While on tour as one of the pipers in the musical show, Brigadoon he met the young lady who eventually became his wife. After several years in Glasgow and London they later settled at Kincraig in Inverness-shire. From there the family emigrated to Australia then later returned to London and finally to Inverness.
Most pipers all over the world have heard of Donald by reputation, and even the few who have not, will know his name as well as they know their own, for at Oban in 1938 when most of the ringside judges considered that Donald had easily won the masters’ March, Strathspey and Reel, but he in fact was unplaced, Archie MacNeill said, “Well, this will be your farewell to Oban, Donald”. Donald, like a good sportsman, was not particularly put out by the result, but he was delighted when Archie, as a requiem for lost hopes, composed for him Donald MacLean’s Farewell to Oban.
For me, personally, Donald was a link with a happy piping past, fast fading into the mists of forgotten unimportant history. His visits to the old Rookery at Royston Road were more in the nature of social calls, a regular indication of respect for a one-time teacher and valued critic. I do not remember a time when he was not liable to drop in when I was having my lesson, and often I waited behind to hear his distinctive fingering style as he presented his competition tunes for beneficial advice. We think warm days will never cease, but they do.
Finlay Macrae sends this tribute: “It was a particularly sad day for me, since I first met the great wee man in 1937 or 38 when he taught me in Skye. Our paths parted when war broke out, but we met again 10 years ago, and I spent most Monday nights in his company. He taught me a great deal and we searched through many tunes together, everything from his unique collection of two-parted reels to the big stuff — he knew it all inside out. He had ability to go to the heart of a long pibroch and play a phrase which I would have to search for, from the beginning.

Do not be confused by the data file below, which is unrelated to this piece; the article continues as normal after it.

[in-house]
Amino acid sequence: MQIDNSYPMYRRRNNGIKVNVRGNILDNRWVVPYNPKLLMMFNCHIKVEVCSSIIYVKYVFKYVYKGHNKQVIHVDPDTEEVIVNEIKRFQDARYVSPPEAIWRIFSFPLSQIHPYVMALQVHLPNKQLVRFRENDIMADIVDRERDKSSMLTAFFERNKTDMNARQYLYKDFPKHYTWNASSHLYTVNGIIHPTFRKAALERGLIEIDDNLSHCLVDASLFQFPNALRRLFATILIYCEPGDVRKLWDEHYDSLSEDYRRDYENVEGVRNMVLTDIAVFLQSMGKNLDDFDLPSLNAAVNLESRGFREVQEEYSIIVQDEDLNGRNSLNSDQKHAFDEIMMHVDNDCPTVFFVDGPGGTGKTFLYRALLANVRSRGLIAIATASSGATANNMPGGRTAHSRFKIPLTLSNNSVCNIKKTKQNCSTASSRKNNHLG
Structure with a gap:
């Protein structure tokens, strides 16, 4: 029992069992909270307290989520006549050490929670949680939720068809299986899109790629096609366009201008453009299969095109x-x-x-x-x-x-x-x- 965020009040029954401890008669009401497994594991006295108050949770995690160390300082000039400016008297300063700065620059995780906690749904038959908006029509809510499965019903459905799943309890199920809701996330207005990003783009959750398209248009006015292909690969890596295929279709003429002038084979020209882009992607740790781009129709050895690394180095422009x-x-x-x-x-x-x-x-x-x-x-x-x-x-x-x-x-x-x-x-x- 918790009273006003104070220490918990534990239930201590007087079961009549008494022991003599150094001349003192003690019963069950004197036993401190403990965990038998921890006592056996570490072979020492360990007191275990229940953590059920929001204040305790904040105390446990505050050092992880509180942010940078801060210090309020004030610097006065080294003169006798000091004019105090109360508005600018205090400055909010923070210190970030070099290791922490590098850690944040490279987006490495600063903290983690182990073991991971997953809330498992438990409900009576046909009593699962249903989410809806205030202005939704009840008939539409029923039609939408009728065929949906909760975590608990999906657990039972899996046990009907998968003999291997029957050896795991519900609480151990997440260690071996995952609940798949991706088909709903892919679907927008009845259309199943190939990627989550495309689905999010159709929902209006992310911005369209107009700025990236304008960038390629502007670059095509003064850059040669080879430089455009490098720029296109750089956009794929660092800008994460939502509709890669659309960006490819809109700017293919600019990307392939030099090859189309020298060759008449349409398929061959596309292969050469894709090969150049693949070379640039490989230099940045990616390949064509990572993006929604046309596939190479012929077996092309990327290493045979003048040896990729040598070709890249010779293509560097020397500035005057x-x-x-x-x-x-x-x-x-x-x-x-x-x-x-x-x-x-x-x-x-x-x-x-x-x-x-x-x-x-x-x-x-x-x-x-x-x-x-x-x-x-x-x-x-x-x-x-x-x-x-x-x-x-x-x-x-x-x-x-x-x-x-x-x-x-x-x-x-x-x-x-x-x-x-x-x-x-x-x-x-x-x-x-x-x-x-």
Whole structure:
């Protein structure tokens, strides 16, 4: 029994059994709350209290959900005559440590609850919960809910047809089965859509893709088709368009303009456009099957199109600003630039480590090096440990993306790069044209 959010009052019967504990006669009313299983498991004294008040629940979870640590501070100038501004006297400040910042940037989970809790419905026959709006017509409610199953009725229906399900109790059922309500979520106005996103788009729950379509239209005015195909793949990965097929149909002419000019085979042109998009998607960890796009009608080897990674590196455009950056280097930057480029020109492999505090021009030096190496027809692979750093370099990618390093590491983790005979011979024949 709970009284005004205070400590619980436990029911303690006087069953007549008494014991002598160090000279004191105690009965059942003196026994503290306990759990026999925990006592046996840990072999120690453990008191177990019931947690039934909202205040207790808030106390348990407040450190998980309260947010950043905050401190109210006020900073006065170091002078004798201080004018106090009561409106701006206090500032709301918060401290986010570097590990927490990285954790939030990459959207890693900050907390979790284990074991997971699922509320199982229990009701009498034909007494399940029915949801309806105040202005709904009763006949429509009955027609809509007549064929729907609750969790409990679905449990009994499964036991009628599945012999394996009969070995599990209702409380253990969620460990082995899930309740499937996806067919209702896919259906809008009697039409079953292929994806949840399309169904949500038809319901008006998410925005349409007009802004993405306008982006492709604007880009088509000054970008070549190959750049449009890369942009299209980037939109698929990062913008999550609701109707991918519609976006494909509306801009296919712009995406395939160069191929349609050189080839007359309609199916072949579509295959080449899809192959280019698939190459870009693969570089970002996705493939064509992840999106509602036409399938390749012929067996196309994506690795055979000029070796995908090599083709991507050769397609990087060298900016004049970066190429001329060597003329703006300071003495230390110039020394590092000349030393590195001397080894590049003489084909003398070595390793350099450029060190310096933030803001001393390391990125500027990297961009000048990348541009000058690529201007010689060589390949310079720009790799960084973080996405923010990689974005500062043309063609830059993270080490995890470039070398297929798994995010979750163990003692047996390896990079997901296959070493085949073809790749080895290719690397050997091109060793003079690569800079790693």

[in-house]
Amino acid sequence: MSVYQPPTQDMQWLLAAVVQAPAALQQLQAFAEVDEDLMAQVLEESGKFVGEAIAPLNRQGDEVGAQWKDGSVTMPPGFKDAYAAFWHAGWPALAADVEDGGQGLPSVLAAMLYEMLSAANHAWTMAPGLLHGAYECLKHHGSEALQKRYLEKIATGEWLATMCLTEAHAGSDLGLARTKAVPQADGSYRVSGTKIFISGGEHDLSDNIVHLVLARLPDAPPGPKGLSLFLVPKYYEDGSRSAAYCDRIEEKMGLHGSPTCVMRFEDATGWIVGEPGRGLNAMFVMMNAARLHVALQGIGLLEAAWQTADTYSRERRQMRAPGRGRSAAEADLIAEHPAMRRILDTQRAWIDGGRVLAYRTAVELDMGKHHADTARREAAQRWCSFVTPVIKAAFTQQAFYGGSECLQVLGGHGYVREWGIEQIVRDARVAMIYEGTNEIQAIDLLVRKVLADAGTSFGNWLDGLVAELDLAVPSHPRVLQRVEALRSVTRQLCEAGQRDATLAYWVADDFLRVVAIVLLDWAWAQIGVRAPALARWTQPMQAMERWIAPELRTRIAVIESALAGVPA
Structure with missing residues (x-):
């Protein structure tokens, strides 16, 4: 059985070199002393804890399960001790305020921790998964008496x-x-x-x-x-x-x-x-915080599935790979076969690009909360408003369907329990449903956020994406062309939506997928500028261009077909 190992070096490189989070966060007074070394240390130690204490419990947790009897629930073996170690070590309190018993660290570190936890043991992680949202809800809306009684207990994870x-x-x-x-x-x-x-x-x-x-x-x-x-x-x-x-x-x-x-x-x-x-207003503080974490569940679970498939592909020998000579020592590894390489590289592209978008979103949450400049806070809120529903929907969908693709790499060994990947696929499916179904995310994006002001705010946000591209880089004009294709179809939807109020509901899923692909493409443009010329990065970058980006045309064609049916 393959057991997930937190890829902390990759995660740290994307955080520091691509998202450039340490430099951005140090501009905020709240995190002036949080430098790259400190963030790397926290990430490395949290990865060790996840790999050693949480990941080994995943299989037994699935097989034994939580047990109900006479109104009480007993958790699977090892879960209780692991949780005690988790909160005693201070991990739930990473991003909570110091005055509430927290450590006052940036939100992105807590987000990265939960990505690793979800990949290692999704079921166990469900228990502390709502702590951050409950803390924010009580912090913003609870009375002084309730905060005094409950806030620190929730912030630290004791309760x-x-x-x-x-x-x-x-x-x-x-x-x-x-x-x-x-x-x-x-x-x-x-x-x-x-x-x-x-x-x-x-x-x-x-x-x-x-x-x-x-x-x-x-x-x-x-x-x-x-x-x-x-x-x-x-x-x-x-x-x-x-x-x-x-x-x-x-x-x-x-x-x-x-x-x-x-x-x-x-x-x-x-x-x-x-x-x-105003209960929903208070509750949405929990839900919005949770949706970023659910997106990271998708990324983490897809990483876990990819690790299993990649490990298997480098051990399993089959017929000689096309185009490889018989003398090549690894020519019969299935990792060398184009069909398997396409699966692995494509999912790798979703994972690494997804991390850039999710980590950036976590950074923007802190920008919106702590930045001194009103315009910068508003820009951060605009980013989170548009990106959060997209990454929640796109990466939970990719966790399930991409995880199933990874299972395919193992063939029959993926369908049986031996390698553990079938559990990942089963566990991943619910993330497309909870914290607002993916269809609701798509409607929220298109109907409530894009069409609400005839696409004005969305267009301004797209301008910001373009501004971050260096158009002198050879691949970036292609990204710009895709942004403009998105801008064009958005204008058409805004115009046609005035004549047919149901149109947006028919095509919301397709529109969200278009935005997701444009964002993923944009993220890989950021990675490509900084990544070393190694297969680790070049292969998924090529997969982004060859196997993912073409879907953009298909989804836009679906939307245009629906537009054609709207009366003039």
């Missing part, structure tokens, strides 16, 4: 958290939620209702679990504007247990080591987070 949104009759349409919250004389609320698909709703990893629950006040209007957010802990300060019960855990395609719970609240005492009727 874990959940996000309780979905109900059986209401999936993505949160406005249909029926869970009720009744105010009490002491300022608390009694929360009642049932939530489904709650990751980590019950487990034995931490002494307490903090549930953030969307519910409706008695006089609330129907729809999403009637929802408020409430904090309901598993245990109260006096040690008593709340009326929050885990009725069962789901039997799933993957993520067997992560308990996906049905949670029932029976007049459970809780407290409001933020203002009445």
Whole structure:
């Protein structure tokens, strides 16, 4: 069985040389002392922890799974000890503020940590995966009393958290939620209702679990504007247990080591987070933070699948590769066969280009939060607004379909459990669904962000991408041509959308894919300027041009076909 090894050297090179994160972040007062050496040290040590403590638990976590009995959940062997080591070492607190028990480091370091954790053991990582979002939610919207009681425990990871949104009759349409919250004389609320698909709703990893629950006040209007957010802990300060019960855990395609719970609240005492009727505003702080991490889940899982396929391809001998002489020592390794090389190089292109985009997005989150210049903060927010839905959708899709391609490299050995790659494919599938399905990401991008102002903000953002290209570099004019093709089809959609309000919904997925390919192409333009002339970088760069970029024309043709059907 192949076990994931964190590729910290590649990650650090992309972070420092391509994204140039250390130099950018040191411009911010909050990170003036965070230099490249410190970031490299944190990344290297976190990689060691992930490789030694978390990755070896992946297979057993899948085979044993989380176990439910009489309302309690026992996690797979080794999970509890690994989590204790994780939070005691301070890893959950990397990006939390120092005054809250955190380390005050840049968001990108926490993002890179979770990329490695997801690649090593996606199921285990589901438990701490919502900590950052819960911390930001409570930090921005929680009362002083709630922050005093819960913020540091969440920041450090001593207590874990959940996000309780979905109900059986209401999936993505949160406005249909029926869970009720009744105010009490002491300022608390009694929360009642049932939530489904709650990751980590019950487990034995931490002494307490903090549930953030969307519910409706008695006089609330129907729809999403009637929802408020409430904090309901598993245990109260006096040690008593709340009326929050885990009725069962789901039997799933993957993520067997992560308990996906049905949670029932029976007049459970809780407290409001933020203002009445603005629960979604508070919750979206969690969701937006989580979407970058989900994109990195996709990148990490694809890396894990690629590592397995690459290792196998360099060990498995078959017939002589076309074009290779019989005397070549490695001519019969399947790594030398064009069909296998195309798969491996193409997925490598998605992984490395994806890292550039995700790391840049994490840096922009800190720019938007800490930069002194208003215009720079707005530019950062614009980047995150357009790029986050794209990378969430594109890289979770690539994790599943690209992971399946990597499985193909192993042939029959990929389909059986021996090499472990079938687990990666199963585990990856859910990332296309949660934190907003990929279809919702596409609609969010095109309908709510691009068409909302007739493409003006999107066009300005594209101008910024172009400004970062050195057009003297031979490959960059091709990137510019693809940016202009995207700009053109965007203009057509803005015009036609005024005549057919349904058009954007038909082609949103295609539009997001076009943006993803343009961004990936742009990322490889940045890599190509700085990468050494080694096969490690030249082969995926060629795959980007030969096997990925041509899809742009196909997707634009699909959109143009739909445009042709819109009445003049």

“Stories about piping, pipers, and Gatherings peppered the piping sessions, and we had some wonderful and happy memories. Jean and Margaret provided tea, and Monday night was something not to be missed.
“He was very thrilled to have judged the Clasp and then the Medal at Inverness, and who could have been better qualified.
“A stroke, about a year ago, left his fingering somewhat erratic, especially his right hand, but the Monday before he died I saw a tremendous improvement and he played his pipe the very day before his collapse. Many of us in the North will miss him greatly — he was one of the great contacts with pipers of the past and particularly with John MacColl.
“I believe he won the [Gold] medal at 19 years of age at Inverness playing the Blind Piper’s Obstinacy — a great achievement for a teenager. I liked his style very much and thought it highly musical and quite unique. Now it is all gone and piping is much the poorer and somewhat lacking in variety.
“His ex Pipe Major in the Lovat Scouts, Donald Riddell, was present at the funeral.”
- Donald MacLean’s Farewell to Oban can be found in Seumas MacNeill’s Collection, Book 2. Listen to Canadian-based piper, John Walsh playing the tume and Knightswood Ceilidh:
*Morair Sim can be on page 121 of the The Cabar Feidh Collection, Pipe Music Of The Queen’s Own Highlanders (Seaforth And Camerons).